Comment author: PeterSinger 12 May 2017 11:31:18PM 5 points [-]

I don't understand the objection about it being "ableist" to say funding should go towards preventing people becoming blind rather than training guide dogs

If "ableism" is really supposed to be like racism or sexism, then we should not regard it as better to be able to see than to have the disability of not being able to see. But if people who cannot see are no worse off than people who can see, why should we even provide guide dogs for them? On the other hand, if -- more sensibly -- disability activists think that people who are unable to see are at a disadvantage and need our help, wouldn't they agree that it is better to prevent many people -- say, 400 -- experiencing this disadvantage than to help one person cope a little better with the disadvantage? Especially if the 400 are living in a developing country and have far less social support than the one person who lives in a developed country?

Can someone explain to me what is wrong with this argument? If not, I plan to keep using the example.

Comment author: PeterSinger 12 May 2017 11:23:20PM 13 points [-]

Regrettably, I misspoke in my TED talk when I referred to "curing" blindness from trachoma. I should have said "preventing." (I used to talk about curing blindness by performing cataract surgery, and that may be the cause of the slip.) But there is a source for the figure I cited, and it is not GiveWell. I give the details in The Most Good You Can Do", in an endnote on p. 194, but to save you all looking it up, here it is:

"I owe this comparison to Toby Ord, “The moral imperative towards cost-effectiveness,” Ord suggests a figure of $20 for preventing blindness; I have been more conservative. Ord explains his estimate of the cost of providing a guide dog as follows: “Guide Dogs of America estimate $19,000 for the training of the dog. When the cost of training the recipient to use the dog is included, the cost doubles to $38,000. Other guide dog providers give similar estimates, for example Seeing Eye estimates a total of $50,000 per person/dog partnership, while Guiding Eyes for the Blind estimates a total of $40,000.” His figure for the cost of preventing blindness by treating trachoma comes from Joseph Cook et al., “Loss of vision and hearing,” in Dean Jamison et al., eds., Disease Control Priorities in Developing Countries, 2d ed. (Oxford: Oxford University Press, 2006), 954. The figure Cook et al. give is $7.14 per surgery, with a 77 percent cure rate. I thank Brian Doolan of the Fred Hollows Foundation for discussion of his organization’s claim that it can restore sight for $25. GiveWell suggests a figure of $100 for surgeries that prevent one to thirty years of blindness and another one to thirty years of low vision but cautions that the sources of these figures are not clear enough to justify a high level of confidence."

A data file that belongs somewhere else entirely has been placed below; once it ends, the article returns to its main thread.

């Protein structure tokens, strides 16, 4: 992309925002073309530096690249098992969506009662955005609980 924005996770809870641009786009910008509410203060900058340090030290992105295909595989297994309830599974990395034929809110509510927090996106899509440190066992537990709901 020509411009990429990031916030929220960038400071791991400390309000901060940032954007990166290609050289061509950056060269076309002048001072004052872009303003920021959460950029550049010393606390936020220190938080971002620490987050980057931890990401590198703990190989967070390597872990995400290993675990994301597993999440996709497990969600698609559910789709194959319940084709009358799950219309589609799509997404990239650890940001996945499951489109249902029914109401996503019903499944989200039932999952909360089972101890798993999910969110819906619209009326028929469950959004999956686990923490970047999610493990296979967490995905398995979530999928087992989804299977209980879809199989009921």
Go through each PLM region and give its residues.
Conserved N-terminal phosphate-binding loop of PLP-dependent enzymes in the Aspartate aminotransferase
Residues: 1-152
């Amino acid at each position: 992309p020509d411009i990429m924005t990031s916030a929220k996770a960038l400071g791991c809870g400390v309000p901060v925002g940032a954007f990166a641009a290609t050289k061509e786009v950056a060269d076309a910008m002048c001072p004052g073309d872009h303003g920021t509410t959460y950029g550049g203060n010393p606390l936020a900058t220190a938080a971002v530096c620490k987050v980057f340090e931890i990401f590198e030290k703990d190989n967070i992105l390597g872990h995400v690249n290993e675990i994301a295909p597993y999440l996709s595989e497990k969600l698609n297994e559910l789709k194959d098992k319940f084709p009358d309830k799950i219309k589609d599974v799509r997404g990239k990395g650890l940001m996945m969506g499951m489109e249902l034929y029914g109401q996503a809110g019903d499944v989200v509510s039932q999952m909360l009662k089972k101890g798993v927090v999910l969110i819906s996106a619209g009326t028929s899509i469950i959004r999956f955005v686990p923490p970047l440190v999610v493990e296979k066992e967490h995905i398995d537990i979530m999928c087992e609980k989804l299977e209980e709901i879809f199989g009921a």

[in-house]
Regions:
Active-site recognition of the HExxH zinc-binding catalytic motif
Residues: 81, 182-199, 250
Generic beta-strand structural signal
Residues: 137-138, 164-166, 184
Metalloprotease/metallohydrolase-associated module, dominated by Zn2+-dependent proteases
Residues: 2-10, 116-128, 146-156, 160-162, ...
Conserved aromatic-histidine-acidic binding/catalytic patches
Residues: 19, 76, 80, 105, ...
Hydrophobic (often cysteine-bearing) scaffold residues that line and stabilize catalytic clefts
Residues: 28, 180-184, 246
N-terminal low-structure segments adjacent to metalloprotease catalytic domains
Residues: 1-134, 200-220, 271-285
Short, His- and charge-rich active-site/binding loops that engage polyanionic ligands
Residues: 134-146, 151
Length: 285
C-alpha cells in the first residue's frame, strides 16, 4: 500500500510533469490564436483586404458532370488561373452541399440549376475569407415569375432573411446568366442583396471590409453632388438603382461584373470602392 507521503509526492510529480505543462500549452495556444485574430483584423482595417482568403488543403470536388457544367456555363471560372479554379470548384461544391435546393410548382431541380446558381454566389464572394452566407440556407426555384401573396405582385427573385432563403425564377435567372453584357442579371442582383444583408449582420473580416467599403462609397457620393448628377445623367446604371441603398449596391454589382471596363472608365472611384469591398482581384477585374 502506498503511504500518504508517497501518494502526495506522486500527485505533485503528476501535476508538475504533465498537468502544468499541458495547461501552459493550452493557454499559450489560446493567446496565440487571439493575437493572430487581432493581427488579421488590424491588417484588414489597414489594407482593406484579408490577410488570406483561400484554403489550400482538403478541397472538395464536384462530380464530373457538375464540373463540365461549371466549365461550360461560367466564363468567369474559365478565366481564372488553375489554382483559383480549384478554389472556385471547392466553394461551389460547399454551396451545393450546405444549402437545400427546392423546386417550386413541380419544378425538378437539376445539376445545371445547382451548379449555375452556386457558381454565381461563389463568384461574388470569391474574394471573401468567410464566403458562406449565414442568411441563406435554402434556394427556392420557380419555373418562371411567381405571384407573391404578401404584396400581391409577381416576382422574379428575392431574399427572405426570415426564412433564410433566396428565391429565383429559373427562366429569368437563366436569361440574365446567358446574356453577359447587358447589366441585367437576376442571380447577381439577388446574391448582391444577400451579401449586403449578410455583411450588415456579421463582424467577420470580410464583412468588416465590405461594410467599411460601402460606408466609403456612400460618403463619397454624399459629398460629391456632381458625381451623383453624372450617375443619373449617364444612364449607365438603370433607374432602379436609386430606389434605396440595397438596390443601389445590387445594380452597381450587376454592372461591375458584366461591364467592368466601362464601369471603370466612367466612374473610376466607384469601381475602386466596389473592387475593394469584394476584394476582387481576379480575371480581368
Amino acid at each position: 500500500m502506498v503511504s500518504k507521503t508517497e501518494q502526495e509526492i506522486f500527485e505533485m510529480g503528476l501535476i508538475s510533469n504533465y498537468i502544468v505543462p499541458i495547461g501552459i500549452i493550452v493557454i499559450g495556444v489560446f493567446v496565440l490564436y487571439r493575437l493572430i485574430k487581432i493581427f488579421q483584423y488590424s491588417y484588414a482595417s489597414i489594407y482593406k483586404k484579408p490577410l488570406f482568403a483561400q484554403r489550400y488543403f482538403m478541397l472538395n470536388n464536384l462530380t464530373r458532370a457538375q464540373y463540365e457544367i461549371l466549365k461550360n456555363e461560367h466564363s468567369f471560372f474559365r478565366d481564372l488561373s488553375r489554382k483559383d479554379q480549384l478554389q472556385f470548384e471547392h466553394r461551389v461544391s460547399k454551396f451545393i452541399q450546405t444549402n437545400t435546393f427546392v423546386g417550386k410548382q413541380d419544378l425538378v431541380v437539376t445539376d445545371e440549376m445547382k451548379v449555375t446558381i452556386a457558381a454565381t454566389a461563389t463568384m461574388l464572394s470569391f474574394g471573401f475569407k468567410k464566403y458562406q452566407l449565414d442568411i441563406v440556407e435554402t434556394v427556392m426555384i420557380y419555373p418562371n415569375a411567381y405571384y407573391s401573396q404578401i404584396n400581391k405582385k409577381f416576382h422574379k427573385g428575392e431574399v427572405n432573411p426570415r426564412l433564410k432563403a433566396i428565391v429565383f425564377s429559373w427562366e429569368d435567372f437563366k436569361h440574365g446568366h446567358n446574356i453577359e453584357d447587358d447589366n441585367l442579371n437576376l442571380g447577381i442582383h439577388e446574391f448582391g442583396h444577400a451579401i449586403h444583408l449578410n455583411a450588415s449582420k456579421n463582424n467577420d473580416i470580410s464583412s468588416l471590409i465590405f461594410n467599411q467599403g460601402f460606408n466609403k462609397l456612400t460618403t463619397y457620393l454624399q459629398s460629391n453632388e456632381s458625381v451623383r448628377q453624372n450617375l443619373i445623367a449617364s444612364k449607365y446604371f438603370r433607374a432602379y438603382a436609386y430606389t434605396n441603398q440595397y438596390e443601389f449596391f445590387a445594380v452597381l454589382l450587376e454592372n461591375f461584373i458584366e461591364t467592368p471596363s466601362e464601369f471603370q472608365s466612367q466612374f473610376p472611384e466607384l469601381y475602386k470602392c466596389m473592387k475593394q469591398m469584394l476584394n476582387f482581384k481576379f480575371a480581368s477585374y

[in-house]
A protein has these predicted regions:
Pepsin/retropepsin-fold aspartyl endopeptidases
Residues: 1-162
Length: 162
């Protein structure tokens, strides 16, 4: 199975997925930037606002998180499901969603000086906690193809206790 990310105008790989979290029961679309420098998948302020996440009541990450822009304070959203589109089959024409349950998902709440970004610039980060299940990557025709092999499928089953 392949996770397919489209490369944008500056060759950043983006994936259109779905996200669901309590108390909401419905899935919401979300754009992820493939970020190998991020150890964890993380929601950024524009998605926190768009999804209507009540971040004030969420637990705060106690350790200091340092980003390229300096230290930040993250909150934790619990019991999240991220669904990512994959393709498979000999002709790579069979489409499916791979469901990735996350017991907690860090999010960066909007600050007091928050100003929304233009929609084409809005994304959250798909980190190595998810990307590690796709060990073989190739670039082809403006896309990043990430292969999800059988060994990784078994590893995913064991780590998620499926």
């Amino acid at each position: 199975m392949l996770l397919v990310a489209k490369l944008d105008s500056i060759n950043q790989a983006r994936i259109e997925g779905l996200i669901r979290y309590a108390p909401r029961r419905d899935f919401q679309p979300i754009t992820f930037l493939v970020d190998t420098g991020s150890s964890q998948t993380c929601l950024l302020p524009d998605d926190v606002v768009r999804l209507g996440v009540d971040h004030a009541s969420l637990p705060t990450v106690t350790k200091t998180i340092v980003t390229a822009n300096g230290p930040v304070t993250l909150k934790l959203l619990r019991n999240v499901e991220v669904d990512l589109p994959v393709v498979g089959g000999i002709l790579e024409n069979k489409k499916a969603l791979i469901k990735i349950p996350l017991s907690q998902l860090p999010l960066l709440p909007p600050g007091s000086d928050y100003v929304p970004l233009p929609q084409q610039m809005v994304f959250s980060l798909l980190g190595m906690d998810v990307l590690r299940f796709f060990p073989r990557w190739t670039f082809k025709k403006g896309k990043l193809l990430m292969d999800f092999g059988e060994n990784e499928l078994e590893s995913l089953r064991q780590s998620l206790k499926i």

Now, maybe there is some more recent research casting doubt on this figure, but note that the numbers I use allow that the figure may be $100 (typically, when I speak on this, I give a range, saying that for the cost of training one guide dog, we may be able to prevent somewhere between 400 - 1600 cases of blindness. Probably it isn't necessary even to do that. The point would be just as strong if it were 400, or even 40.